Did you ever doubt your decision and attempt a career change?
I did, yes. Doubt snuck its way into my life for the first time in my late twenties. And thank god it did! That was when I realized that I wanted more, and that I could have more. That instead of saying other people words, helping build other people’s words, I could be the architect and build my own damn world! The specificity of my dream has changed, but the landscape of it remains the same. I want to be involved in the creative process with people I admire and respect. The only difference is that now I’m at the helm of that process and my dream is to have the kind of financial freedom to create any and everything I can imagine.
When did your career reach a tipping point?
I honestly think I’m nearing it at the moment. I’ve been putting a lot of work into so many different channels and I think one of them will take off very soon. I feel I’m on the precipice of something really special. The good news is that the process has been the most fun I could ever have imagined!
Can you describe a challenge you had to overcome?
My biggest challenge was one you mentioned earlier. Doubt. Self-doubt is something I struggle with more than I care to admit. I think it probably has a lot to do with being a woman. May sound like a cop out, but if you think it’s a cop out then you’re probably one of the people that has made it harder on people like me. It’s difficult being a woman in a position of authority. It just is. Women who do it are brave as hell. There is so much of it that goes against all we’re taught to be as women. Don’t be demanding, don’t yell, don’t be bossy. And I’m a straight, white woman! Imagine what it’s like to be a woman of color in a position of power, or a transgender woman!
I’ve had to reflect a lot on my feelings of worthiness, and I’ve come to some seriously depressing realizations about the gender dynamics that have been instilled in me since I was a child. I deserve to have a voice, just like everyone does, and I want to empower other people, especially women, to trust in the power of their voices.
What single skill has proven to be most useful?
My empathy. I have always been an incredibly sensitive person, and I always felt like it was my curse. I’m a real energy sponge. Other people’s energy will seep in no matter how hard I try to resist it. If I’m on a subway and someone is arguing it will stay with me for hours. I was always ashamed of it. Growing up with brothers, it meant that I was made fun of because I couldn’t hook the worm when we went fishing, but over time I’ve realized what a gift it really is. Once I learned how to value it, I went about learning how to harness it. My empathy allows me to see things from different perspectives, to hear all sides of a story. Creatively it means I can channel different voices to pull from when I am writing, directing or acting.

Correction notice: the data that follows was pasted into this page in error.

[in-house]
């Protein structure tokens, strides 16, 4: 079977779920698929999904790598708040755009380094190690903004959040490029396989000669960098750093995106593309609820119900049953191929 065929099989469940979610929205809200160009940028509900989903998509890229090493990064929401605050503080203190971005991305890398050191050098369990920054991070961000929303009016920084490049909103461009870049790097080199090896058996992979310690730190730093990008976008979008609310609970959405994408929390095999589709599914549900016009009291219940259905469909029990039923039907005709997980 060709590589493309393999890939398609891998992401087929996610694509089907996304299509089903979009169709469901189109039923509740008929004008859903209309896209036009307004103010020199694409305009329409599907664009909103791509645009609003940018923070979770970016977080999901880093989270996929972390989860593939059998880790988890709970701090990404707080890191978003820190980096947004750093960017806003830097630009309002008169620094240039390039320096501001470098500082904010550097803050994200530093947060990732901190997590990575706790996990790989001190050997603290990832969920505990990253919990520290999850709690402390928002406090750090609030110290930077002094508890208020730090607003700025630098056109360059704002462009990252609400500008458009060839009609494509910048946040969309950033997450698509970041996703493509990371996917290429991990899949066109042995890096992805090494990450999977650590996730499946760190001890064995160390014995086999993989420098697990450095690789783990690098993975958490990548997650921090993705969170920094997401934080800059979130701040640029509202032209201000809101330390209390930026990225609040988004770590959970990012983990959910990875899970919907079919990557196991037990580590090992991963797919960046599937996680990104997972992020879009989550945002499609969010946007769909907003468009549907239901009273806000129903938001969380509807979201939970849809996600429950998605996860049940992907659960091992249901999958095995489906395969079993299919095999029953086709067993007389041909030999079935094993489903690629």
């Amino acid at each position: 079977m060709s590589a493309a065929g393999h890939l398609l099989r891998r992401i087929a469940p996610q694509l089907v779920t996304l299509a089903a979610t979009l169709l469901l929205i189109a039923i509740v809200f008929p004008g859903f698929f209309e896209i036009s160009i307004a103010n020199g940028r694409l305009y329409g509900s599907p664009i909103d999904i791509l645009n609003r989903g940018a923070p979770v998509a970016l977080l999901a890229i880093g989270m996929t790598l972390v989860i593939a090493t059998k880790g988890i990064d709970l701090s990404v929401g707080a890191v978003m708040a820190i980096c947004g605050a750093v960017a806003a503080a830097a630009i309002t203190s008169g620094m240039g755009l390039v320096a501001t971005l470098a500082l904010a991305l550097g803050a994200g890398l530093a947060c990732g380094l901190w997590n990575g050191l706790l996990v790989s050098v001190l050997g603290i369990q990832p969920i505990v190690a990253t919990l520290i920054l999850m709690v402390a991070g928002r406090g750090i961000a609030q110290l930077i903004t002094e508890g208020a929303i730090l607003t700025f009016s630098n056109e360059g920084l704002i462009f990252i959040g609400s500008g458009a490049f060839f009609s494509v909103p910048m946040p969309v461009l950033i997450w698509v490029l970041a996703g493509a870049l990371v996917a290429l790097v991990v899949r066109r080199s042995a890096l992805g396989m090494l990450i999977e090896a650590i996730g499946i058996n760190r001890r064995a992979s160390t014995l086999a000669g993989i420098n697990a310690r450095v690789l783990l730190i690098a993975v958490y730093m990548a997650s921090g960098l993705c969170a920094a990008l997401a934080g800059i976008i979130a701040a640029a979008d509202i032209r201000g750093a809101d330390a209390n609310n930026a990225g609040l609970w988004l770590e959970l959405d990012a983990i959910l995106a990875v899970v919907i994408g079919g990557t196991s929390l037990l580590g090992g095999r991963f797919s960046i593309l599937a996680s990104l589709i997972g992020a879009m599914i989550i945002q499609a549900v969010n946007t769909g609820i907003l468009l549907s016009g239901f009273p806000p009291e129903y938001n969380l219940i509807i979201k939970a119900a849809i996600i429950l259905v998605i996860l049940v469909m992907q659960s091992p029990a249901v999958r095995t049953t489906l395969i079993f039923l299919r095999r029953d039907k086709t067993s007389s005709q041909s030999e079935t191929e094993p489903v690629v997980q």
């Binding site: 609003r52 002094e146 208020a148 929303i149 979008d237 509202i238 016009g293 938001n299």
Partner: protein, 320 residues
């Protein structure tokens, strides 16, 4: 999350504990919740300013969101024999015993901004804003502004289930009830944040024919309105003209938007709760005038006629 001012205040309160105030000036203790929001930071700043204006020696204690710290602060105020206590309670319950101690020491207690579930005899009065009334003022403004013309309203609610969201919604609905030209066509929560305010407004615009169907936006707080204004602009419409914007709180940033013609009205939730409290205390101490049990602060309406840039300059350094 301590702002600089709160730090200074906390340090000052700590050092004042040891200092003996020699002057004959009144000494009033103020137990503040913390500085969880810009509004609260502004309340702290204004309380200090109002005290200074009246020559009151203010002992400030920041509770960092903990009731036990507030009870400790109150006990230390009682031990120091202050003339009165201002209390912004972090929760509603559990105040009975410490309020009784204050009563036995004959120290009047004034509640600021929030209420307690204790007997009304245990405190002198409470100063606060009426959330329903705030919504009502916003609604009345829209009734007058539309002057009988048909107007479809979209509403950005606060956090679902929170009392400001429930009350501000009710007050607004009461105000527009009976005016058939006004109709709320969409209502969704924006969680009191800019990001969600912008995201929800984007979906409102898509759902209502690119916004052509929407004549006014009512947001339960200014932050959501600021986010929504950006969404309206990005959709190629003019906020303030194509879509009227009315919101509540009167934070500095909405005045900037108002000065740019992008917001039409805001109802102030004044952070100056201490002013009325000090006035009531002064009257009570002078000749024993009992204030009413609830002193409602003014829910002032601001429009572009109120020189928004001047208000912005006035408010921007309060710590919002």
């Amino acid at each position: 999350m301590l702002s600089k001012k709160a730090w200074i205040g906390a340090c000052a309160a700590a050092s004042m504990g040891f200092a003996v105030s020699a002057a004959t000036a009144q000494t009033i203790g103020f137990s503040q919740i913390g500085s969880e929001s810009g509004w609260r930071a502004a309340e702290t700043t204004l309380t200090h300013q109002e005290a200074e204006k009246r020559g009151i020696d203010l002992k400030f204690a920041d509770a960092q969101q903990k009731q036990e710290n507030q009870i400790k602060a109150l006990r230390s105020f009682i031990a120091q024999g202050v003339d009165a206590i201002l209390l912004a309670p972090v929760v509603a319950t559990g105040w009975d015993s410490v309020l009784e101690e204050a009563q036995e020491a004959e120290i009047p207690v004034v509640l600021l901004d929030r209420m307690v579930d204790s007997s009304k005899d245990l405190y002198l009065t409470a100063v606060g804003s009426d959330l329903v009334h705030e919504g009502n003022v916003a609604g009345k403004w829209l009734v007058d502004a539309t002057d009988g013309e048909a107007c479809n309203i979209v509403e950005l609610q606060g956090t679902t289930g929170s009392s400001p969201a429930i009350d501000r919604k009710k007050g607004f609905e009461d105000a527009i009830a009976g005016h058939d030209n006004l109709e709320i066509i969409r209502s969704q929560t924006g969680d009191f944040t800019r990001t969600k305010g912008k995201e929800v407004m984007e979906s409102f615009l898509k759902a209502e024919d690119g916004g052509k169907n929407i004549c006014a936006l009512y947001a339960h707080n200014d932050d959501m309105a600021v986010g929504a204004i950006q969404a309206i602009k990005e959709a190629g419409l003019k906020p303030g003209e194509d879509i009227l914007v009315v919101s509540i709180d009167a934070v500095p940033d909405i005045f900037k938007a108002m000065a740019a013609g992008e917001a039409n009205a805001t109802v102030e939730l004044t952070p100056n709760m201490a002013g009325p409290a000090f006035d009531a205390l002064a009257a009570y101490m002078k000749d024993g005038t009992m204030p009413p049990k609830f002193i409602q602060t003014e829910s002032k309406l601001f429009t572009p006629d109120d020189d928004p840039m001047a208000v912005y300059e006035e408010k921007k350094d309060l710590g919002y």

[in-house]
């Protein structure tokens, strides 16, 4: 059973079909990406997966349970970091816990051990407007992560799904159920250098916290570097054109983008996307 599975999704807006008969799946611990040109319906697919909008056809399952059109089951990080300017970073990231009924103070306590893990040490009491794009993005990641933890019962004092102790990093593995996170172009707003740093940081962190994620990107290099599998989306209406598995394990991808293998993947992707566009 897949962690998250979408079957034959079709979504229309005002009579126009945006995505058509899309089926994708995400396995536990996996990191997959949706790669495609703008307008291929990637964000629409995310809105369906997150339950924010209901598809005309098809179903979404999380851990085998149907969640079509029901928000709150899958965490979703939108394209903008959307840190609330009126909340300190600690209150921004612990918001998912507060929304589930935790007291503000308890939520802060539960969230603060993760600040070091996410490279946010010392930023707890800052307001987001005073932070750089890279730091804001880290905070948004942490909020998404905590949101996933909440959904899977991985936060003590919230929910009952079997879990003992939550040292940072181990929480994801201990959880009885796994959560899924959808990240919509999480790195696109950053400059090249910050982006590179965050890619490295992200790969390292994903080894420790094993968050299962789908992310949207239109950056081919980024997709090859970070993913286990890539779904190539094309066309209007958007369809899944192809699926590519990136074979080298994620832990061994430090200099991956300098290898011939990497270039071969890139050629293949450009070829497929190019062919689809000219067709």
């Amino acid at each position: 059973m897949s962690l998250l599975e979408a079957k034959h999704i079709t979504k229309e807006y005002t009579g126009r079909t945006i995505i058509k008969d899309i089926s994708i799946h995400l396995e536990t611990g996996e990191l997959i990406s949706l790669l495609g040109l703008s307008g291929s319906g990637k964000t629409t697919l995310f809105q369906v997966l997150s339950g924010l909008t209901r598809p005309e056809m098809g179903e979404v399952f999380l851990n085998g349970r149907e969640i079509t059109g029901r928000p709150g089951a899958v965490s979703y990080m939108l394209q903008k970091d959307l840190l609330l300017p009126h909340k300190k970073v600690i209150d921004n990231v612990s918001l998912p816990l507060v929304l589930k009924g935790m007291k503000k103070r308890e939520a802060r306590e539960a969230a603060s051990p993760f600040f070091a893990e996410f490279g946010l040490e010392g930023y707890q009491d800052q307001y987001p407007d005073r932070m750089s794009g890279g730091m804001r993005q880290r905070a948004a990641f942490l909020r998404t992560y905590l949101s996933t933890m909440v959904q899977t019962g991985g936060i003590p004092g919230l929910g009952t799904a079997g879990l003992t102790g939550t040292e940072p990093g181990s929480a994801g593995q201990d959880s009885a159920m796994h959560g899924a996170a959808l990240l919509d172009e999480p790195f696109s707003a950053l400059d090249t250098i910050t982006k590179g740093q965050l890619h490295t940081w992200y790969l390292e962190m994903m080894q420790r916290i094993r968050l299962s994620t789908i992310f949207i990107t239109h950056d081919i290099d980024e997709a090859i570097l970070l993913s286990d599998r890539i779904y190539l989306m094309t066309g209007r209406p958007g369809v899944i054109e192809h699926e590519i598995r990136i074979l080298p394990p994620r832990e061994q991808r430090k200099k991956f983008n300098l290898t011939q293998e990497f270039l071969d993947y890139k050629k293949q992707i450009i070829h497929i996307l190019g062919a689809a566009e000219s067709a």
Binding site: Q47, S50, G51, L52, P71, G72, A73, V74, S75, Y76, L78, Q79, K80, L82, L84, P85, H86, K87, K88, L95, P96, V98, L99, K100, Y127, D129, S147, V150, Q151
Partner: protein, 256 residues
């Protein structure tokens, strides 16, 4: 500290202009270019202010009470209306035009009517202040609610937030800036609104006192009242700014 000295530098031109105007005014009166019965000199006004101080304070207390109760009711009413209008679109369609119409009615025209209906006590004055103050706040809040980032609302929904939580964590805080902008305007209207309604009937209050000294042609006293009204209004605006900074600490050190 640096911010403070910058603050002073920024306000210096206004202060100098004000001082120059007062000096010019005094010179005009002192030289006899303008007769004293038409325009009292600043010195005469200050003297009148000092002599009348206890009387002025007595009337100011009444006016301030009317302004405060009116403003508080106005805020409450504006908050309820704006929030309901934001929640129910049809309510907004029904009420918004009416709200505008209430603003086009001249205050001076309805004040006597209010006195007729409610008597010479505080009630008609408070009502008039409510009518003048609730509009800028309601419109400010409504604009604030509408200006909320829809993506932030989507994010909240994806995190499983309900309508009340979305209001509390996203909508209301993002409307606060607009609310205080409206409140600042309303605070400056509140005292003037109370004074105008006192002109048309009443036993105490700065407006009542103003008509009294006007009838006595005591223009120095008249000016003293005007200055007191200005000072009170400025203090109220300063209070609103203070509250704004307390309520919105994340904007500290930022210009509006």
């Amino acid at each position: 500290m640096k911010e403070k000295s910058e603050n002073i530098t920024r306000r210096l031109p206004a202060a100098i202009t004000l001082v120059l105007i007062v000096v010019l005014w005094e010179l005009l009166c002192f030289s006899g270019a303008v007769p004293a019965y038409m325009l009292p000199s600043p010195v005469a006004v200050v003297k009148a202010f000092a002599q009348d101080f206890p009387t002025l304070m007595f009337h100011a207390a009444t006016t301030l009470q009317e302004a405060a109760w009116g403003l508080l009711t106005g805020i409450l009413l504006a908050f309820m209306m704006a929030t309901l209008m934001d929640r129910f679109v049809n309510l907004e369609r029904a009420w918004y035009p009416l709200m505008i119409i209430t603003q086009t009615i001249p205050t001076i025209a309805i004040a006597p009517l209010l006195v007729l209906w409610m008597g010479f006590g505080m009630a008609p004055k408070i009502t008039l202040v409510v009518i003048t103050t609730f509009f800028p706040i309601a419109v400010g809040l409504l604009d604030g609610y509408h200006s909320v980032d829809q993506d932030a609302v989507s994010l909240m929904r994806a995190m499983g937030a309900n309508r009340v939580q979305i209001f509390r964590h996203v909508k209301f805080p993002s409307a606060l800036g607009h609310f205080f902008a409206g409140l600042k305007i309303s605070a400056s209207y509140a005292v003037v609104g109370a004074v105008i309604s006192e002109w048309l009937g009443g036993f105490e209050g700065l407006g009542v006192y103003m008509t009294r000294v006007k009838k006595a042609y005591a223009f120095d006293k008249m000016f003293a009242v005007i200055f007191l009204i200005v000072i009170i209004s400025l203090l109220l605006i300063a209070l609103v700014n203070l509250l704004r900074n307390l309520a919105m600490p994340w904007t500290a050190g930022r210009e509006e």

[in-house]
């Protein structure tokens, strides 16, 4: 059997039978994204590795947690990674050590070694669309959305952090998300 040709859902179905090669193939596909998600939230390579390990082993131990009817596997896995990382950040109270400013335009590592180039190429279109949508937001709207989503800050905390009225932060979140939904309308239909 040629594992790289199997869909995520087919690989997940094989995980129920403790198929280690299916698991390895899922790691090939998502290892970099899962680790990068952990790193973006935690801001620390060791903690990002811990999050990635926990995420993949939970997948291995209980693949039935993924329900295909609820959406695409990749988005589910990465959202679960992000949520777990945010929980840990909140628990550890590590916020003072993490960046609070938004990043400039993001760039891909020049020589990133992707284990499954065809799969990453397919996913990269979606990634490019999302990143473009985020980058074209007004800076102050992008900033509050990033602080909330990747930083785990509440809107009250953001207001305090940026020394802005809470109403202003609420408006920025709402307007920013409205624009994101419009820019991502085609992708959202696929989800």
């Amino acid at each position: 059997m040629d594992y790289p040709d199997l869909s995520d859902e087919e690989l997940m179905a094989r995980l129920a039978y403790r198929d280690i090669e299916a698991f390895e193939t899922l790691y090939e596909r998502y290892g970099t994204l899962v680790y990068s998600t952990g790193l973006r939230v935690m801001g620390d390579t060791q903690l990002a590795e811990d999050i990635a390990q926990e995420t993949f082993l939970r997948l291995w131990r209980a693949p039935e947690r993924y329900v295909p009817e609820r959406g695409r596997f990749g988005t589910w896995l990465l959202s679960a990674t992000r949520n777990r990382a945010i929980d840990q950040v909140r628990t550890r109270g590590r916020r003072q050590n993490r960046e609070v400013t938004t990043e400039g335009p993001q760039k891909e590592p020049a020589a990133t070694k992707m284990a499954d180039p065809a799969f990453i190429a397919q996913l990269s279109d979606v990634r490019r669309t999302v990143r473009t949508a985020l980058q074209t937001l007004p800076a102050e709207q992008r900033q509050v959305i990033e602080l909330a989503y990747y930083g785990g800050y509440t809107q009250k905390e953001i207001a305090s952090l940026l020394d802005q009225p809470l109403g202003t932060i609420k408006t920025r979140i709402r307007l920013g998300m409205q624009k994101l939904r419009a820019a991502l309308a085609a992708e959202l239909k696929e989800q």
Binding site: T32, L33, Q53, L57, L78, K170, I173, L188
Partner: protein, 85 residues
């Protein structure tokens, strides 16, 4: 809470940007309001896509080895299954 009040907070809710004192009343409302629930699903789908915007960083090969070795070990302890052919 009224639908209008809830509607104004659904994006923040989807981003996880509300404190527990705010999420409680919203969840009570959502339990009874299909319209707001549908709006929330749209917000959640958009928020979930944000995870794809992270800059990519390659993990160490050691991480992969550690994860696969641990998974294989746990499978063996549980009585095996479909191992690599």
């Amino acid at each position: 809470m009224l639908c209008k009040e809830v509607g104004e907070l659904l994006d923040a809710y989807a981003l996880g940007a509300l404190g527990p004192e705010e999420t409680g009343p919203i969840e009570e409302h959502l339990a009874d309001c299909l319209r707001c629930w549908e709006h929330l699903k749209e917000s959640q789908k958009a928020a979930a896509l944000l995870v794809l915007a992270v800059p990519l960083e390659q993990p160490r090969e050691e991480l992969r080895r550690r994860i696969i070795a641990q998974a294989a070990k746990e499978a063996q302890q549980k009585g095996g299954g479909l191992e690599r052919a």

What accomplishment are you most proud of?
I quit drinking three years ago December 8th. I think that’s probably my biggest achievement. Not only because it was such a difficult (difficult on so many levels) thing to do, but because it led to so many other accomplishments. After I quit drinking I quit smoking, then I became vegan, and it’s all been the most incredible journey. My life looks completely different, and it’s allowed me to do all of the cool things I’ve been able to do. I’m so grateful for the person I was before. I love that hot mess. That’s why I decided to save her life, and give her a life she deserves.
Any advice for others entering your profession?
Yes! If you think of something, do it! Those little nuggets of inspiration are gifts, and you must honor those gifts by allowing them to come to fruition. If you begin to act upon one of these moments of inspiration and a voice kicks in saying “this is stupid,” or “I can’t do this,” or “this isn’t going to be good,” or “I’m just not good enough yet.” Say thank you to those thoughts in your head, and allow them to swiftly pass. Because they aren’t worth a damn. You are worthy of your best efforts, and the world deserves to experience them.
Anyone who tells you anything akin to “get your head out of the clouds,” or mentions anything about a “real job,” thank them and wish them well, and never give these sentiments a second thought. They do not deserve your validation.
Any women out there who feel like they want to start something but are too intimidated to begin, just Nike it! Just do it. Dive in and sort the rest out later. Find your voice, and learn how to use it. Easier said than done, but you have to start. You may be clumsy and filled with doubt, but every time you do it you’ll get better. Just go out there and do any and everything you can. Anyway ladies, you all rock! So anytime you feel stuck just trust in your power, and get to work!